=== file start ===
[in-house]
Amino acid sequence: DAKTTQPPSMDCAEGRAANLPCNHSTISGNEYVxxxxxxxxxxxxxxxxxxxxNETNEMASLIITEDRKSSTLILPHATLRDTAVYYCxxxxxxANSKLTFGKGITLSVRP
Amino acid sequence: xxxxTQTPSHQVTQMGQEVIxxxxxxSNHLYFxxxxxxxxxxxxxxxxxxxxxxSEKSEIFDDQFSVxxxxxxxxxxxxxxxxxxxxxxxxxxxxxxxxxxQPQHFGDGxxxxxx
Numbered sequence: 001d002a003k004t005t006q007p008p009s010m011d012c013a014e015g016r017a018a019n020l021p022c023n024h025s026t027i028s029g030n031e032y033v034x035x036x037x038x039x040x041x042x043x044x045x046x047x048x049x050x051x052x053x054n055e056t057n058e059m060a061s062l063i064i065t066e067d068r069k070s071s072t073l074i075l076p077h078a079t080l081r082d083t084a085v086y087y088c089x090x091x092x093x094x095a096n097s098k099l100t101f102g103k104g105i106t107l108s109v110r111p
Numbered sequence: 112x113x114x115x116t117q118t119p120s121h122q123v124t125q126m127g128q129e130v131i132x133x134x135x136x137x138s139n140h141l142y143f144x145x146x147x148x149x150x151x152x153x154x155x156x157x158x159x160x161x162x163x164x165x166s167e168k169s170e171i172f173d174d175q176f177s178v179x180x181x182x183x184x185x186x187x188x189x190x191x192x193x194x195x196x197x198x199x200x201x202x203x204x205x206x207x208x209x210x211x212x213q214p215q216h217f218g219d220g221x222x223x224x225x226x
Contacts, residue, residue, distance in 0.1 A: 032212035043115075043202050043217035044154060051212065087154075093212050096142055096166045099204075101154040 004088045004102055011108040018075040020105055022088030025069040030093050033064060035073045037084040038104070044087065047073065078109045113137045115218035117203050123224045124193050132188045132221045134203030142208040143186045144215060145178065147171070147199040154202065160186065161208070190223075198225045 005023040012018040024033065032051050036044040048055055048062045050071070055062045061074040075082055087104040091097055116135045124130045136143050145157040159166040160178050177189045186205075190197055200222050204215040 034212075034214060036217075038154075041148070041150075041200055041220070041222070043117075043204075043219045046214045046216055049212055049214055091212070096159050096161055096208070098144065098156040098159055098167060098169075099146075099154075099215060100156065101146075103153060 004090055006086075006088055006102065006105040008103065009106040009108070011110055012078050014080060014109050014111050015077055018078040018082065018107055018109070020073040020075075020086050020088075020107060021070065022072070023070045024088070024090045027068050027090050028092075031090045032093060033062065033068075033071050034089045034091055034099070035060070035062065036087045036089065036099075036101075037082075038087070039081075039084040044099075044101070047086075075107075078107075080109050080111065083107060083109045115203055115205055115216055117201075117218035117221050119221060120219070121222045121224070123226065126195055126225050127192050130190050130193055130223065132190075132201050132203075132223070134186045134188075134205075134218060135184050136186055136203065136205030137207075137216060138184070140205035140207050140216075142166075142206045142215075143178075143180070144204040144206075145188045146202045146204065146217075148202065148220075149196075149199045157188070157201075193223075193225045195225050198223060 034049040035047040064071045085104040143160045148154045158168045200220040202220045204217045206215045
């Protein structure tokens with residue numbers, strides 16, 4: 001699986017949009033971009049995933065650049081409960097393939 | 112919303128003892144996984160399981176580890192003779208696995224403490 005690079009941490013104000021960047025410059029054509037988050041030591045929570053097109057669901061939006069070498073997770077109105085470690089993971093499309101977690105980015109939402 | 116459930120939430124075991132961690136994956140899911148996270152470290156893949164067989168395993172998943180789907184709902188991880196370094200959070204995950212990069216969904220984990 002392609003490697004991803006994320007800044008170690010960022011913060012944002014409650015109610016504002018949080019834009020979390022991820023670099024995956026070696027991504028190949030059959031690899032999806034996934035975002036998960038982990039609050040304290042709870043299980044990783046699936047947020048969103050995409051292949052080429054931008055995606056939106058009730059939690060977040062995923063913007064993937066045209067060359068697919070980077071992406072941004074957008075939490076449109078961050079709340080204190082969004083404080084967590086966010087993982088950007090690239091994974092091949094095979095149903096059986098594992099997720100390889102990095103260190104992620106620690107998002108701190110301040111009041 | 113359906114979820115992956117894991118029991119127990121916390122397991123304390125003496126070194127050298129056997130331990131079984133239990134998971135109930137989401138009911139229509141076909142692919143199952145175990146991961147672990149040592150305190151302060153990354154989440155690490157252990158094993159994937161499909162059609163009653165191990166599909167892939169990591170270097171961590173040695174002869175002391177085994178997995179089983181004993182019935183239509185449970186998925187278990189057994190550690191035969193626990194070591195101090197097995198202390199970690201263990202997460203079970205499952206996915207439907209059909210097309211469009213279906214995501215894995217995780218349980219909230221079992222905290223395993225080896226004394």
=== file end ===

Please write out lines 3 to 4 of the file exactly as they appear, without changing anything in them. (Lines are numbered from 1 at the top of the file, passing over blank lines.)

Amino acid sequence: xxxxTQTPSHQVTQMGQEVIxxxxxxSNHLYFxxxxxxxxxxxxxxxxxxxxxxSEKSEIFDDQFSVxxxxxxxxxxxxxxxxxxxxxxxxxxxxxxxxxxQPQHFGDGxxxxxx
Numbered sequence: 001d002a003k004t005t006q007p008p009s010m011d012c013a014e015g016r017a018a019n020l021p022c023n024h025s026t027i028s029g030n031e032y033v034x035x036x037x038x039x040x041x042x043x044x045x046x047x048x049x050x051x052x053x054n055e056t057n058e059m060a061s062l063i064i065t066e067d068r069k070s071s072t073l074i075l076p077h078a079t080l081r082d083t084a085v086y087y088c089x090x091x092x093x094x095a096n097s098k099l100t101f102g103k104g105i106t107l108s109v110r111p